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5 Introduction In 1997 the Cooperative Research Centre for Aboriginal and Tropical Health (CRCATH) Board requested a review of the four subprograms of its Indigenous Health and Education Research program: Health Priorities and Communication of Health Information, Indigenous Education and Health Program, Health Ethics, and Cross-Cultural Education for Non-Aboriginal People. The review s fi ndings were to inform decisions about future research directions for the program, and two research fellows were employed to conduct the investigation. The information and the three papers in this publication report on the review of the two subprograms Health Priorities and Communication of Health Information, and Cross-Cultural Education for Non-Aboriginal People conducted by the author during the fi rst half of The scope of the review The original brief was restricted to a review of the relevant literature. However, particularly in the two subprograms addressed by this report, the formal literature is limited and refl ects, predominantly, the perspectives of non-indigenous researchers. The process was, therefore, broadened to provide an opportunity for the views of stakeholders, particularly Indigenous and non-indigenous service providers, to also inform the review. Because of limited resources and time, the review s consultation process was not exhaustive, but rather opportunistic: a range of people from different regions and organisations were invited to participate in informal individual or small group discussions about the subprogram relevant to their interests. The investigation consisted of four stages: a literature search utilised major health and education databases as well as various internet search engines, and individuals and organisations were contacted to access published literature and to locate unpublished information related to the two subprogram areas discussions were held in three regions Darwin, East Arnhem Land and Alice Springs with a range of stakeholders, including Aboriginal and non-aboriginal people working in a variety of health care settings, and others with expertise in relevant areas (see list of main organisations involved on next page) the synthesis of information from all of the above sources to identify key themes and specifi c project ideas the verifi cation of fi ndings and suggestions with a range of people who were involved in the consultations, and with others who responded to draft papers The limitations of the review There were a number of factors that restricted the extent and depth of the review of the two subprograms Health Priorities and Communication of Health Information, and Cross-Cultural Education for Non-Aboriginal People: insuffi cient time to consult all key stakeholders in all regions; an attempt was made to ensure a key interest group from at least one of each of the three regions was represented support and guidance for the two selected subprograms was limited due to the predominant focus by the CRCATH s Indigenous Health and Education Research program reference group and program management on research in the Indigenous Education and Health subprogram a review of literature related to the health priorities aspect of the subprogram Health Priorities and Communication of Health Information was not conducted even though its aim to promote Aboriginal participation in the two-way communication of health information and setting of health service priorities in the context of Indigenous beliefs about personal and cultural wellbeing (CRC Commonwealth Agreement Schedule 1) was central to the planning and process of the review because of the scarcity of published literature, written material was diffi cult and time consuming to locate, highlighting the serious lack of research which has occurred in this area, despite its central importance to health service delivery the amount of useful written information located but no longer in circulation was also disturbing v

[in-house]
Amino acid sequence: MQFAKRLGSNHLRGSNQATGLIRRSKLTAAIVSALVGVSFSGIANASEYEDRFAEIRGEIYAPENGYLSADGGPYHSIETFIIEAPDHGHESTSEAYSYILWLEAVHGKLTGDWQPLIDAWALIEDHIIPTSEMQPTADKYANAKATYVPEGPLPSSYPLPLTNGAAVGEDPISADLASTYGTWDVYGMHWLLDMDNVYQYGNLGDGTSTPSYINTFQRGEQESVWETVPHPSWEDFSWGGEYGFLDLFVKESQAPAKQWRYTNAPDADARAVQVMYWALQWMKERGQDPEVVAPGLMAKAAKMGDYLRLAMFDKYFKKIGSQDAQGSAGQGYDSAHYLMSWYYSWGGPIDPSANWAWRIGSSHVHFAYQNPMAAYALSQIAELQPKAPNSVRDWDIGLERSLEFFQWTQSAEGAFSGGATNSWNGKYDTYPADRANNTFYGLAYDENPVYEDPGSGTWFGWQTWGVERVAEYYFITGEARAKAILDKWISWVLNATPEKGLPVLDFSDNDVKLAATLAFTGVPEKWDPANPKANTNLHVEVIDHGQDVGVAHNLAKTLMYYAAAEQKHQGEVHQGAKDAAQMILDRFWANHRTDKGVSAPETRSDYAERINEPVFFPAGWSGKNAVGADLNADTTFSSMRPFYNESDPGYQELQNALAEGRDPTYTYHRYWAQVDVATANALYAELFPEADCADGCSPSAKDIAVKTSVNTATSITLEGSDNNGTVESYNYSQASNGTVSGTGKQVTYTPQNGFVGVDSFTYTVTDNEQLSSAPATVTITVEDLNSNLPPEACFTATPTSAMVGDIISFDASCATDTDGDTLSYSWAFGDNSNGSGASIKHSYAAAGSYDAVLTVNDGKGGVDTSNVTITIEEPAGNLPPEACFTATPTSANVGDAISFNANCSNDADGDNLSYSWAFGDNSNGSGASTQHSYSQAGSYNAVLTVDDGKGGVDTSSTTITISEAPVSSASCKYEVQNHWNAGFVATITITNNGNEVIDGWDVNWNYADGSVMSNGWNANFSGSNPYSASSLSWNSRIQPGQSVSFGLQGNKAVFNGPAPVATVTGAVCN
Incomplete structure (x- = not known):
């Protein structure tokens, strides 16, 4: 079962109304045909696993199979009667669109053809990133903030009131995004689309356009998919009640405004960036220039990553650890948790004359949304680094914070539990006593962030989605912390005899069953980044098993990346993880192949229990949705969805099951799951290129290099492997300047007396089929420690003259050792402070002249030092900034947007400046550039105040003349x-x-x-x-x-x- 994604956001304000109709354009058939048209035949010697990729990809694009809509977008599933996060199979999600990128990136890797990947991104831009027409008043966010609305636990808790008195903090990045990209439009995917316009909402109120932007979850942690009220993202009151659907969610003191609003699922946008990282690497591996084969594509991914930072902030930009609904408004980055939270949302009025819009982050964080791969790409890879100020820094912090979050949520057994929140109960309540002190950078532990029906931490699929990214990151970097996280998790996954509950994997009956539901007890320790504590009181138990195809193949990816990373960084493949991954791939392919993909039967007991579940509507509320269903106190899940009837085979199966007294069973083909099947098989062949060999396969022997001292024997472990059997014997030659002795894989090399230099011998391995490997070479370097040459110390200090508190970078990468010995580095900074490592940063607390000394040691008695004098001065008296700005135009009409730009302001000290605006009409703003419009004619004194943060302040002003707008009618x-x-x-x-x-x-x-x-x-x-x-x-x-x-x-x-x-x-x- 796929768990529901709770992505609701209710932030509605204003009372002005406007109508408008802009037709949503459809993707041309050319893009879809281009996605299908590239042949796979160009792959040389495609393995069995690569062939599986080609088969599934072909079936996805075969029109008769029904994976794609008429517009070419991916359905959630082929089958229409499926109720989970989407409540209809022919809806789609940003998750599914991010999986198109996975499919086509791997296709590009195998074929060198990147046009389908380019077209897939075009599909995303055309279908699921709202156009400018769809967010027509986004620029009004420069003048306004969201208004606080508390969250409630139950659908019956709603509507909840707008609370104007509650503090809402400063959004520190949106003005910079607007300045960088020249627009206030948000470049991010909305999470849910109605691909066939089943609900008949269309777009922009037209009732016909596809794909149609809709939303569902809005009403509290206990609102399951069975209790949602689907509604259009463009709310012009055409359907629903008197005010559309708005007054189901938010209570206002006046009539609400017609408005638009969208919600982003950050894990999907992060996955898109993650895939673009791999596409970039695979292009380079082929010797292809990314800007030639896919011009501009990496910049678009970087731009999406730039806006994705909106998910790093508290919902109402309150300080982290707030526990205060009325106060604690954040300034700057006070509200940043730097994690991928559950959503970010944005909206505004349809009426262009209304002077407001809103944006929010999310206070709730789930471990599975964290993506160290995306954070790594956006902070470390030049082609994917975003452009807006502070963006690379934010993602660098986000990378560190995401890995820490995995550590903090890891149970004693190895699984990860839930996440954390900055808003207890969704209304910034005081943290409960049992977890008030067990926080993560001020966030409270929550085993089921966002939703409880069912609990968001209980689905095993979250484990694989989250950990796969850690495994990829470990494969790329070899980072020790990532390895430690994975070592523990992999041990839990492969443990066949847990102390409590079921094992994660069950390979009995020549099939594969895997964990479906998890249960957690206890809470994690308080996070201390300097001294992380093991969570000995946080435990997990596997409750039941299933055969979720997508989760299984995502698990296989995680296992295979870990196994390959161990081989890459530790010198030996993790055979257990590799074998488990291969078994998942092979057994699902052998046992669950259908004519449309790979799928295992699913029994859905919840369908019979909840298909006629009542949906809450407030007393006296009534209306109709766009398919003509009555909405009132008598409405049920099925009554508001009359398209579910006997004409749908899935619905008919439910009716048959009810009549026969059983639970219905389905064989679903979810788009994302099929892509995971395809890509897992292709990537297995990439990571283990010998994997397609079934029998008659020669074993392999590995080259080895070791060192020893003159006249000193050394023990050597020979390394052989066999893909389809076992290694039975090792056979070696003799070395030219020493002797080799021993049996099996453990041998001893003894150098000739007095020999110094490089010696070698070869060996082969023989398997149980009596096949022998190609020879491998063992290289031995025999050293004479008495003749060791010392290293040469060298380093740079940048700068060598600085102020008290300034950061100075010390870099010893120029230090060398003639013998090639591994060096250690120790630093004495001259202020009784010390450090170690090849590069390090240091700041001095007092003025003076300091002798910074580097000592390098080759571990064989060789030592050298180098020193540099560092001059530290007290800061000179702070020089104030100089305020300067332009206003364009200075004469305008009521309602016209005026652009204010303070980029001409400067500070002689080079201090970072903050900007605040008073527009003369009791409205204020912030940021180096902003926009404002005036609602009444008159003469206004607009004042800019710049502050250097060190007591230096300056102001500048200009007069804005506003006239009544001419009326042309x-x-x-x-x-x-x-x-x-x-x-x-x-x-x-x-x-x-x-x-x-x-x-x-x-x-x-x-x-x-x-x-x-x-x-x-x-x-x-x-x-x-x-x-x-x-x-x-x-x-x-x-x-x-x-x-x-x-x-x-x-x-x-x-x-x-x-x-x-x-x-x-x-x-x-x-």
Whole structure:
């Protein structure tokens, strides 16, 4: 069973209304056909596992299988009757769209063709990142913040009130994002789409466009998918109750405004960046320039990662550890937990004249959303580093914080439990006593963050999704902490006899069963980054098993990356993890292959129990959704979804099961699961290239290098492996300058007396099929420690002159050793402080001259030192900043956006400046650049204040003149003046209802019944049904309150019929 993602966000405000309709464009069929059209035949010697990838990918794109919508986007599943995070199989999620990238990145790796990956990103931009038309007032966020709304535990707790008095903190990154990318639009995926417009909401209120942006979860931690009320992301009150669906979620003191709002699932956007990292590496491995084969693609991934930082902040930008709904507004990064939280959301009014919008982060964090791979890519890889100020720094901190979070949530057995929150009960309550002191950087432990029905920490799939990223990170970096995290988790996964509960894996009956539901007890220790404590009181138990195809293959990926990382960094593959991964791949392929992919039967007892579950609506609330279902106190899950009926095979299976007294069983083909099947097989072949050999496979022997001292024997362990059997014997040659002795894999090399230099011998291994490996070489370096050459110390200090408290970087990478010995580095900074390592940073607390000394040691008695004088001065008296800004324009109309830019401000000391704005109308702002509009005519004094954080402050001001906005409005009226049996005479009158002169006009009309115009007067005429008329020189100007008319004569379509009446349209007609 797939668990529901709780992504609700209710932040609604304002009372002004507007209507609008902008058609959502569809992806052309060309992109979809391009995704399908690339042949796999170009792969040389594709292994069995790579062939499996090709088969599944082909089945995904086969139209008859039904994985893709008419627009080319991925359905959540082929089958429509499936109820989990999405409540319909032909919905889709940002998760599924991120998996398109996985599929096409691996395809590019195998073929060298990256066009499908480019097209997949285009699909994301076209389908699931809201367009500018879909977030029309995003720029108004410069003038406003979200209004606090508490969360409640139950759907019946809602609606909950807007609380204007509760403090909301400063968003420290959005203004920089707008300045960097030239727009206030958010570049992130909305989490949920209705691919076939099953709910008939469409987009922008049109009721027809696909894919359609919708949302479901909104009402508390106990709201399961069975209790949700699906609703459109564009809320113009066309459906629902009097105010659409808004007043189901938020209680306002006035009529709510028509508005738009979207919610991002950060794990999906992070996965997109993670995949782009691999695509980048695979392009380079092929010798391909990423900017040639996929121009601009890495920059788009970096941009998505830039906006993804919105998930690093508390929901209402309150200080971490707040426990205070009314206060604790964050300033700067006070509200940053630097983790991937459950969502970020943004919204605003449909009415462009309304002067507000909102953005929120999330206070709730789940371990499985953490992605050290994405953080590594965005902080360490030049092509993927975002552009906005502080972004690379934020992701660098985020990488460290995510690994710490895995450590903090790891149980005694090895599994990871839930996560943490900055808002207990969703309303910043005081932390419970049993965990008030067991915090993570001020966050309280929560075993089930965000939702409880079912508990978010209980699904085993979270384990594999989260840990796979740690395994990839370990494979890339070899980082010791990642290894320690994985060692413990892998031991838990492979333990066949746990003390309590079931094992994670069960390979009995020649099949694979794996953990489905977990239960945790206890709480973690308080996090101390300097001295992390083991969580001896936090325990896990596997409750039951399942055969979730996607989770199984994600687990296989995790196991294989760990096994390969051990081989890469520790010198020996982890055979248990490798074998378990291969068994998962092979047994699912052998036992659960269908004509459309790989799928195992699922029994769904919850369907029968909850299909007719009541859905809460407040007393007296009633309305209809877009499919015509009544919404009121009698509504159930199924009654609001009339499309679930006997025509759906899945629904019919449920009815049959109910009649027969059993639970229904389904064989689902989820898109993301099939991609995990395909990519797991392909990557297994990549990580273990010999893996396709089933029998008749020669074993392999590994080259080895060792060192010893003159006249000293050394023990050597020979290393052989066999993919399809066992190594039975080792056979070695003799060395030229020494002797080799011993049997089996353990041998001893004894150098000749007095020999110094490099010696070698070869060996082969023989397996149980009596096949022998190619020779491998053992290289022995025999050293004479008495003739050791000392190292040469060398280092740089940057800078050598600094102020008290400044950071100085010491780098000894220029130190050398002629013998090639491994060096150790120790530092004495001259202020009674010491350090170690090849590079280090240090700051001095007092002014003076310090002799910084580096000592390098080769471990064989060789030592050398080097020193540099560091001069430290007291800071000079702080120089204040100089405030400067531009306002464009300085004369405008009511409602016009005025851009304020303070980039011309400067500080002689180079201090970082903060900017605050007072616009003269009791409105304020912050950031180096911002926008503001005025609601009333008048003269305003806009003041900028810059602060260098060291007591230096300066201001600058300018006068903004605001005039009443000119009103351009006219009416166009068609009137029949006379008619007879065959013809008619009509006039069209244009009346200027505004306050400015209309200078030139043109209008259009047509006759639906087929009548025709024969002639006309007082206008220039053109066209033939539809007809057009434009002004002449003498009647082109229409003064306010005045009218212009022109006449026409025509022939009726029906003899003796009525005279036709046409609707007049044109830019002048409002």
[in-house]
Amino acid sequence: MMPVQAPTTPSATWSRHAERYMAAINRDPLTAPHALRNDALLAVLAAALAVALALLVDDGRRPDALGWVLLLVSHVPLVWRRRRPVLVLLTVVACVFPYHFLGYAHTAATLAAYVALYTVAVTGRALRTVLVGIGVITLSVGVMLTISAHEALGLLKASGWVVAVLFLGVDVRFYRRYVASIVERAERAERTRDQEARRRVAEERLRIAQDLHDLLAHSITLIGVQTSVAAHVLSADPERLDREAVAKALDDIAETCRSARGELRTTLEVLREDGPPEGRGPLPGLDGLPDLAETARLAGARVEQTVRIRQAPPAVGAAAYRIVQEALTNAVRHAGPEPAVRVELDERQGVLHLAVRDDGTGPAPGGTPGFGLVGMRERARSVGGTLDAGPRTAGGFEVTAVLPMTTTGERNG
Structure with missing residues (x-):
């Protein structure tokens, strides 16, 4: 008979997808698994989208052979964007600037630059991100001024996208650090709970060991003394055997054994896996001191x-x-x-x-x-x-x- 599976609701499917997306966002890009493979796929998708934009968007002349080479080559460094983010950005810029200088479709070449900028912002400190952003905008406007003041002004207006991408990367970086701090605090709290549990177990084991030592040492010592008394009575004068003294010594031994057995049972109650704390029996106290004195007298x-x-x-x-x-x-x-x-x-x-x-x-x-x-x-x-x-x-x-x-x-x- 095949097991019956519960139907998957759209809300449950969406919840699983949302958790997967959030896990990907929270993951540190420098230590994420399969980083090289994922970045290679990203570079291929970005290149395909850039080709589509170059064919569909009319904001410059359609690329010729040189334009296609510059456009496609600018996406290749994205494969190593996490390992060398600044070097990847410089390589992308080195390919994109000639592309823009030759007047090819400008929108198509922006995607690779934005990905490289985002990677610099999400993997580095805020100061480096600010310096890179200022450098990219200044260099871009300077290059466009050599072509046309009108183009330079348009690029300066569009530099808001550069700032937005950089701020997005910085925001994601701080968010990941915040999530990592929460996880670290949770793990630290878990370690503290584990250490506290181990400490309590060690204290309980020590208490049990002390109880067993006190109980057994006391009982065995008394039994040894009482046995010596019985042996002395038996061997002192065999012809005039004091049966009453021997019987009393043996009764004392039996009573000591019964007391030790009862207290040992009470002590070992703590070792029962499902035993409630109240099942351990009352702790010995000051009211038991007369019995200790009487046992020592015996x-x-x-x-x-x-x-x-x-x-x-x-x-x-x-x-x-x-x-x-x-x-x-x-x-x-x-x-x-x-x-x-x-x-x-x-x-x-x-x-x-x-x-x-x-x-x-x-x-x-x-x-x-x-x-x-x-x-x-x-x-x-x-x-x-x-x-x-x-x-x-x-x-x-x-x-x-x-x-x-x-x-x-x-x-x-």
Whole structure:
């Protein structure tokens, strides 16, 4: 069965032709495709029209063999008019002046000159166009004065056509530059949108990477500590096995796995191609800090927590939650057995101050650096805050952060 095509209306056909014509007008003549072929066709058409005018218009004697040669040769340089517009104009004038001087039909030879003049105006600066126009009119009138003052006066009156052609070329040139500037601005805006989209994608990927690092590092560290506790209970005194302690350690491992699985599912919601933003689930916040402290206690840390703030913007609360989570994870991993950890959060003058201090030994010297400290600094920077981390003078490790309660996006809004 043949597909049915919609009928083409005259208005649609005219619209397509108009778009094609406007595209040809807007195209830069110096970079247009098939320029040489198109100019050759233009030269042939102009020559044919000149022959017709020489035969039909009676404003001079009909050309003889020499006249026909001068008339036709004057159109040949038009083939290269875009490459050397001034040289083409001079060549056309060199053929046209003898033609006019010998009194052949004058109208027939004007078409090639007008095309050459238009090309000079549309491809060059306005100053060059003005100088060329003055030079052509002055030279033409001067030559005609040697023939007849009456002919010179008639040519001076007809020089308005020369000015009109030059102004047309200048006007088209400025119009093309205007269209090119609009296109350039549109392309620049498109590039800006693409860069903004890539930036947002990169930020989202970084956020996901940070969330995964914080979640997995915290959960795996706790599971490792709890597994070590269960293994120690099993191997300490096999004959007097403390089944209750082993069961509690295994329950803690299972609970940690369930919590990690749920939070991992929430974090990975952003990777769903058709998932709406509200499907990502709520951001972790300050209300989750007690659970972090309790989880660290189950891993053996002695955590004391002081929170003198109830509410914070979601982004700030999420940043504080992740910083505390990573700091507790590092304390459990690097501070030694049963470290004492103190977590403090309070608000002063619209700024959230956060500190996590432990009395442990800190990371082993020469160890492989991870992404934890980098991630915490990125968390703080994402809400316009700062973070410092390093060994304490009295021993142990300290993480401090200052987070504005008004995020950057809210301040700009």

6 The main organisations involved in the review process Darwin Territory Health Services: Darwin Rural (medical and allied health), Darwin Urban, Health Promotion, Aboriginal Cultural Awareness Program Northern Territory Department of Education (Student Services, Aboriginal Education) Northern Territory University (Faculty of Aboriginal and Torres Strait Islander Studies, Education Faculty, Centre for Indigenous Natural Cultural Resource Management) Indigenous Education Council of the Northern Territory Aboriginal Resource and Development Services Menzies School of Health Research Northern Territory Offi ce of Aboriginal Development Batchelor Institute of Indigenous Tertiary Education East Arnhem Land Territory Health Services: management, Aboriginal Liaison, Aged and Disability Services Aboriginal Resource and Development Services Northern Territory Department of Education: regional offi ce and community school Miwatj Health Service Ngalkanbuy Health Centre Miwatj Aboriginal and Torres Strait Islander Commission Regional Council Aboriginal users of health services Galiwin ku Community Council Marthakal Homelands Resource Centre Galiwin ku Women s Centre Strong Women, Strong Babies, Strong Culture Program Alice Springs Territory Health Services: Allied Health, Hospital Liaison Team, Department of Rehabilitation and Physical Therapy, Aboriginal Cultural Awareness Program Northern Territory Department of Education Batchelor Institute of Indigenous Tertiary Education Institute for Aboriginal Development: Aboriginal Translating and Interpreting Services, cross-cultural training program, language education program Aboriginal interpreters and linguists working in various regions vi